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Why do I need an API Gateway?

Updated: Nov 15, 2021

API gateways make life easier for service developers and consumers. Here's what you need to know about the topic.


Microservices architectures continue to be a strong trend and offer many advantages for both developers and consumers.

API Gateway - Definition

API gateways are an essential result of the microservices trend. They simplify and stabilise the interfaces on the client side. In addition, an API gateway realises further advantages. These include, for example:

  • Monitoring

  • Logging

  • Security

  • Traffic-Analyse

An API gateway is similar in its basic structure to the structural pattern of the façade, only on the network level. The objective, however, is the same - to simplify the interface and hide the complexity of the system:

Photo: IDG

API Gateway - Functions

The API Gateway provides for the decoupling of clients and services. It is the sole point of contact for incoming and outgoing traffic.

A microservices backend may contain many interacting services, which may have a heterogeneous structure in terms of URLs and protocols. An API gateway can provide a unified interface for clients to interact with - essentially a 'simplification proxy'.

However, an API gateway can also be more sophisticated, pulling together the necessary resources for a request and delivering them in the form of a single response. For example, a request for a user profile may include user details, recent messages and interests. The API gateway is able to request the required data accordingly and then output a response with all the information. However, to realise this capability, architecture-level orchestration is required, and there are also implications for other microservices components such as circuit breakers and service mesh.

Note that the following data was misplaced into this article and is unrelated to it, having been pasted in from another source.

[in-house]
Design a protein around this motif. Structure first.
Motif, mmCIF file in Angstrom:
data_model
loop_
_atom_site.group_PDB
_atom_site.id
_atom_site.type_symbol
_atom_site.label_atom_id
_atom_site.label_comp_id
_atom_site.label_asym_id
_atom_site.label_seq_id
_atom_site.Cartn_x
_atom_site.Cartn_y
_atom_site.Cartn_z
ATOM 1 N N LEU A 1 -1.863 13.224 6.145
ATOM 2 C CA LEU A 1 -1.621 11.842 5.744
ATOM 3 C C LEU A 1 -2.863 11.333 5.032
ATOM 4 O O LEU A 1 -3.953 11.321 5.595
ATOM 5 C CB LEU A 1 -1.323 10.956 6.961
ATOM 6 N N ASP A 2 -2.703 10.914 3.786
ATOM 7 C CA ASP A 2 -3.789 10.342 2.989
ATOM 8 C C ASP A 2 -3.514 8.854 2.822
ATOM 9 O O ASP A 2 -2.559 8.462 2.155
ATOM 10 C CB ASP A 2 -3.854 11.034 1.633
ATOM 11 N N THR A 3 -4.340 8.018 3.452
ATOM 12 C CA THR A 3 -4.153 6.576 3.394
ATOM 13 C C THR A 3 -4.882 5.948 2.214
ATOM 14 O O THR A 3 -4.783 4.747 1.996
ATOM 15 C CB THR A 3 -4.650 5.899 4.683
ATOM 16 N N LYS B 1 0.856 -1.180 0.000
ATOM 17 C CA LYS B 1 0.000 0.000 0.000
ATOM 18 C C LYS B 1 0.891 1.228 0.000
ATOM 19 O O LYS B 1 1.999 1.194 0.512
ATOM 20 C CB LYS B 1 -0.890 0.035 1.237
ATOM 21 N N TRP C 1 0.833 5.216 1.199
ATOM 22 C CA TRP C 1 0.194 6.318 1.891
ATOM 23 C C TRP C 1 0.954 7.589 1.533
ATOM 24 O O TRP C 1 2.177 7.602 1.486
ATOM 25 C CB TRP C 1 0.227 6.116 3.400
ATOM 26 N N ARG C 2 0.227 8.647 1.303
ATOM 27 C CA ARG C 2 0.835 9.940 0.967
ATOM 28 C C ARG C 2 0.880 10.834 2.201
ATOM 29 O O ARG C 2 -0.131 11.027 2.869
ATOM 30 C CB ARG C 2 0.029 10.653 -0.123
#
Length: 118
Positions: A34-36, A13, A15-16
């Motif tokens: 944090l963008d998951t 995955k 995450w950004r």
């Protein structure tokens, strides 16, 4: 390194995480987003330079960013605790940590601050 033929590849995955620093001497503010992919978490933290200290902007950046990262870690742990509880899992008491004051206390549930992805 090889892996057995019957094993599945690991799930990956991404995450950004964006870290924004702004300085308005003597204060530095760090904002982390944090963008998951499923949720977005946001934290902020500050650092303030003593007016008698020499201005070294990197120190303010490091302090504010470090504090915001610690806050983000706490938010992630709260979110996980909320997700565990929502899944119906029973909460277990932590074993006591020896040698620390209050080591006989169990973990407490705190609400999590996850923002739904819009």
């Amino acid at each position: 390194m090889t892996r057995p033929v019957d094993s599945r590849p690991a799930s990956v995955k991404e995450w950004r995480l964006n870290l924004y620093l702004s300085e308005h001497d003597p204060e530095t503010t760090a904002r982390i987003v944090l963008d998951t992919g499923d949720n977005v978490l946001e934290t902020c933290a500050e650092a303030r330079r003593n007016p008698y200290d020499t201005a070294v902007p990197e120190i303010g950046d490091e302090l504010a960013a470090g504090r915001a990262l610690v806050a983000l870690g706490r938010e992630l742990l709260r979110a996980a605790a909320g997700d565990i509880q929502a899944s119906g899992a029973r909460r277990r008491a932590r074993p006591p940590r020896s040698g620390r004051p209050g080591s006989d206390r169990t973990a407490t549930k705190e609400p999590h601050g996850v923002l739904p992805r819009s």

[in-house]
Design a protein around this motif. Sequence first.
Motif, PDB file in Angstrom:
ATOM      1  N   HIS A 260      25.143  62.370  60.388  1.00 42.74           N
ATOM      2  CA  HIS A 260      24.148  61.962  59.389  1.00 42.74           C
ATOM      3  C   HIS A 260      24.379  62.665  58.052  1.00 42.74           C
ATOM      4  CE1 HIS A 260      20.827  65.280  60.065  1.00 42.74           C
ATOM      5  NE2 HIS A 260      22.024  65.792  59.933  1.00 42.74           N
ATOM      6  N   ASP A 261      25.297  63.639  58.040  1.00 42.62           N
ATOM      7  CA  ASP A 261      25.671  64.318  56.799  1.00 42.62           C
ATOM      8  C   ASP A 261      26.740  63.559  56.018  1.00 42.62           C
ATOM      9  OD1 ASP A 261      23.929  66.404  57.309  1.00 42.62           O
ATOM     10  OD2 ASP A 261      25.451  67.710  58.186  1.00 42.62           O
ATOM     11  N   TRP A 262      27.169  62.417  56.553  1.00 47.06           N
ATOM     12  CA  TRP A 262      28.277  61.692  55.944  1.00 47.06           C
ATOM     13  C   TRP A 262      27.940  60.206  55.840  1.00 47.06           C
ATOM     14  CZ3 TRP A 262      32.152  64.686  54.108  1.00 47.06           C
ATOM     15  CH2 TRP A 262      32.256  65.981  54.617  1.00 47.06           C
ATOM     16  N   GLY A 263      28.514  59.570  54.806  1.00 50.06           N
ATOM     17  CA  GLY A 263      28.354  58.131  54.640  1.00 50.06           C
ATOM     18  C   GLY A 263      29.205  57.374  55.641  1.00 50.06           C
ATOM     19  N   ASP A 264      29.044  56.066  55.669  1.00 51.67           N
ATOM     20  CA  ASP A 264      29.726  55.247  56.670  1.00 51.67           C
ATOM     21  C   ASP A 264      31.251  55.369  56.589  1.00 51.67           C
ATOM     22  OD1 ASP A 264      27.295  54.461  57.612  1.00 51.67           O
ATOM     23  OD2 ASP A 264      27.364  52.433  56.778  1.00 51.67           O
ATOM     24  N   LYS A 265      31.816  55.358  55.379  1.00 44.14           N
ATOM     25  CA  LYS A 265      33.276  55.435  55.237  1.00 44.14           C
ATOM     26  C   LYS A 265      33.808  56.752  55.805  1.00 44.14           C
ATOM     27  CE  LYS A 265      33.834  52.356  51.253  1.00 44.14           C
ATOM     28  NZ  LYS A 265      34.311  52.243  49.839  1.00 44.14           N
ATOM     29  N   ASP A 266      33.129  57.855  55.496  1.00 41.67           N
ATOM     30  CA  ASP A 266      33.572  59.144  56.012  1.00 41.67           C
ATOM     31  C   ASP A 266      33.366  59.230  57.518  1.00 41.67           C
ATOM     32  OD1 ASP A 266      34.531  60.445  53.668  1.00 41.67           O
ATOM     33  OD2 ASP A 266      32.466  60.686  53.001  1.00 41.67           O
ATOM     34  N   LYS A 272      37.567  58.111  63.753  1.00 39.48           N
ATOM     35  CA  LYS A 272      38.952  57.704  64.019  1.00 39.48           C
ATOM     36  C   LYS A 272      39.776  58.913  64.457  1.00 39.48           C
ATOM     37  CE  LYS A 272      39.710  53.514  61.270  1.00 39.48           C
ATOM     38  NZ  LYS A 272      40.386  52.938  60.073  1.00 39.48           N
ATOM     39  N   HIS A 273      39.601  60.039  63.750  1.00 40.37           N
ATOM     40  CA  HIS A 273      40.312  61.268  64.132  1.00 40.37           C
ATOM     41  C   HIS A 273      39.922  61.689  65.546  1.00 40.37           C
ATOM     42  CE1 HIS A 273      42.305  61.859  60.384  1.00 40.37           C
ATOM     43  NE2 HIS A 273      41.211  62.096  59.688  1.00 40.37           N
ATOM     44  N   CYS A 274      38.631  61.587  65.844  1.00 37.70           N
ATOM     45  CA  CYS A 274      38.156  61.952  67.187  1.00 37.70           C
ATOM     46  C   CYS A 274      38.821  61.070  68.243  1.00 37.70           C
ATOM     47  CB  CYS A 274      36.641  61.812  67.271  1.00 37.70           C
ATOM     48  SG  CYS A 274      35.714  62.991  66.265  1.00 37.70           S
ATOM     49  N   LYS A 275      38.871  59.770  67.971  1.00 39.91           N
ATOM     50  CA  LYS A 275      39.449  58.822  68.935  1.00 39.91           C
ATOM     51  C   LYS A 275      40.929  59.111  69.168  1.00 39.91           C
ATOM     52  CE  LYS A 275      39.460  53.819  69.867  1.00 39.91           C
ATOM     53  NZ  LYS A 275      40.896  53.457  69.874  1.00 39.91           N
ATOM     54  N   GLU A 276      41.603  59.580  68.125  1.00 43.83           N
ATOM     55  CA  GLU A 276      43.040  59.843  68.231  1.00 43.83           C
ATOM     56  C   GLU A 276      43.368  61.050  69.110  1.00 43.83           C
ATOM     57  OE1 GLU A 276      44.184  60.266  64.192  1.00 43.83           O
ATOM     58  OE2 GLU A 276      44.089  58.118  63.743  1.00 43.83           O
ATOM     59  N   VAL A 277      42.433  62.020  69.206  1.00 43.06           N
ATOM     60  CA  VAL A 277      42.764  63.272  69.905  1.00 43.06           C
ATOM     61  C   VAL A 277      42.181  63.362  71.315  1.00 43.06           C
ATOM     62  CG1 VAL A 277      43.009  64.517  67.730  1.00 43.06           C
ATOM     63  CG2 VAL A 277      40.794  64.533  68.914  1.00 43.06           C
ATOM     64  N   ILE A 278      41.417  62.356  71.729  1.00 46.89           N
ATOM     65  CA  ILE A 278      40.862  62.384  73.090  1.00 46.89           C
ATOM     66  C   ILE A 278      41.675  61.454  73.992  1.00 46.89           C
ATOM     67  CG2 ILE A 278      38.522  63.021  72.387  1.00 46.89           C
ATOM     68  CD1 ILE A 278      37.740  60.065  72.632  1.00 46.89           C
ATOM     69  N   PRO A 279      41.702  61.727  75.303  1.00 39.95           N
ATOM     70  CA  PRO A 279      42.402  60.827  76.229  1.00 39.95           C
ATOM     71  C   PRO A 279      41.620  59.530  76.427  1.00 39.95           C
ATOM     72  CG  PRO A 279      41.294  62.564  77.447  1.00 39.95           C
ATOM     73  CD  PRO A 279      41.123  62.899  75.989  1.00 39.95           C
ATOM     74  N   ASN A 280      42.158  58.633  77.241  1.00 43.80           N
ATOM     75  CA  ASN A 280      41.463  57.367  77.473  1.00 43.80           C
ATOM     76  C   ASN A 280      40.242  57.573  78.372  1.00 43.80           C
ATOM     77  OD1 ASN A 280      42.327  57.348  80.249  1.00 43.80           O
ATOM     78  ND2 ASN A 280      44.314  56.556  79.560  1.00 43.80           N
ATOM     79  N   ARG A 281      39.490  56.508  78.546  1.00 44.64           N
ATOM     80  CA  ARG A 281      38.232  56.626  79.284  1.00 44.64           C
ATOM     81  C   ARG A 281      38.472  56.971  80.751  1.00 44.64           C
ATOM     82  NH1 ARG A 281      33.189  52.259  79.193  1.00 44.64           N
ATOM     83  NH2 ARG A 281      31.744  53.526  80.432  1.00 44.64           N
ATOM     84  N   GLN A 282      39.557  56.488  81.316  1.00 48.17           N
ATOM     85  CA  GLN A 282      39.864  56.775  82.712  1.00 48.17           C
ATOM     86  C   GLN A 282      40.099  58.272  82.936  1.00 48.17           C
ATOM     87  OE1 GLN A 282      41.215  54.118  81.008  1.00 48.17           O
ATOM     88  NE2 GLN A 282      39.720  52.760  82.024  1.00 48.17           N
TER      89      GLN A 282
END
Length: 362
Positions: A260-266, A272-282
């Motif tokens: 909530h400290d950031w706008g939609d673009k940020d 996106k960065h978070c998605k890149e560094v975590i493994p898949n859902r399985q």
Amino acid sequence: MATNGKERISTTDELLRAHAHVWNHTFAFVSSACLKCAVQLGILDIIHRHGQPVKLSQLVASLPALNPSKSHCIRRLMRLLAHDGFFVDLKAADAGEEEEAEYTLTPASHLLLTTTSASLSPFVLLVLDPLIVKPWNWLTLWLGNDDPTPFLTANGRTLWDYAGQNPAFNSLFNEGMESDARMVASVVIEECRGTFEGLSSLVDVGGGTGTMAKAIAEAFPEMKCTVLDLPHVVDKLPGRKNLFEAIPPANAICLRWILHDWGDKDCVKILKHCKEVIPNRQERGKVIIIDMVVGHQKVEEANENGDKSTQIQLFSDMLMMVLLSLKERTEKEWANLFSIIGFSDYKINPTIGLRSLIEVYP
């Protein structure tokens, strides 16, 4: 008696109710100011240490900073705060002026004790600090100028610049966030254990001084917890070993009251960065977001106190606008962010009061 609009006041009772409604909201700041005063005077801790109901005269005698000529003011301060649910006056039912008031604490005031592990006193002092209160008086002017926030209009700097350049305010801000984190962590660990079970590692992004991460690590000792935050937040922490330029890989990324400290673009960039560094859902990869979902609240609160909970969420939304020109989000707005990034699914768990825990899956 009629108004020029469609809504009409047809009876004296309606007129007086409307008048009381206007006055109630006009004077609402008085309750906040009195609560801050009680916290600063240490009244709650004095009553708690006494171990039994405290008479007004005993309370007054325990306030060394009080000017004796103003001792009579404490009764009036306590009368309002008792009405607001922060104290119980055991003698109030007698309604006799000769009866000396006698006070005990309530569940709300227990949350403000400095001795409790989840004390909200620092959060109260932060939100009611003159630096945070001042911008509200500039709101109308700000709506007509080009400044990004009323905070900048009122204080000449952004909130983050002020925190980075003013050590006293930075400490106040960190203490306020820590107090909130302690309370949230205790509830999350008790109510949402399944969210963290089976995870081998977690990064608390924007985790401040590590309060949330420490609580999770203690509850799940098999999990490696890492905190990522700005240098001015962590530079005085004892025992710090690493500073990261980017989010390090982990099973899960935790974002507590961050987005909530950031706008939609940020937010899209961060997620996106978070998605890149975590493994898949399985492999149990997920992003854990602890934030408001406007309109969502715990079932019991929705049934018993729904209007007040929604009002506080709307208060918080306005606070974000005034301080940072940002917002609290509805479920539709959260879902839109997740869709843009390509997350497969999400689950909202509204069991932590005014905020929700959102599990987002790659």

Because an API gateway is able to transform protocols and URLs in the backend, it is also well suited for migrating services. In addition, an API Gateway can optimise the stability of the interfaces with which clients interact, while allowing the services themselves to evolve. Generally, the more complex the services and the higher the frequency of changes, the more valuable an API gateway is. Another advantage is that a gateway can be used to manage the topology within a microservices architecture more easily.

API Gateway - Monitoring and Security

Because of its role within the IT architecture, an API gateway is very well suited for monitoring, alerting and tracing. It can also be used to collect statistics for a wide-ranging analysis of traffic and usage:

Photo: IDG

There are many ways to link a logging service to an API gateway - for example, using Amazon Elasticsearch.

If the interface usage is based on a pay-per-use model, an API gateway can also be used to set rate limits and track charges. Tracking users and their API usage is much easier with a single point of contact.

However, this can also raise the need to harden IT systems. This then works in a similar way to a jump host in system administration: the services ensure that their communication with the API gateway is secured. This is a much simpler approach compared to multiple public-facing APIs.

API Gateway - Solutions

API gateway solutions fall into two categories:

  • Managed

  • Do-It-Yourself

Managed API gateways are offered by all major cloud providers, such as Microsoft, AWS and Google. If you want to set up your own API gateway, it is advisable to start with a framework - for example Spring Cloud or Nginx. (Infoworld)

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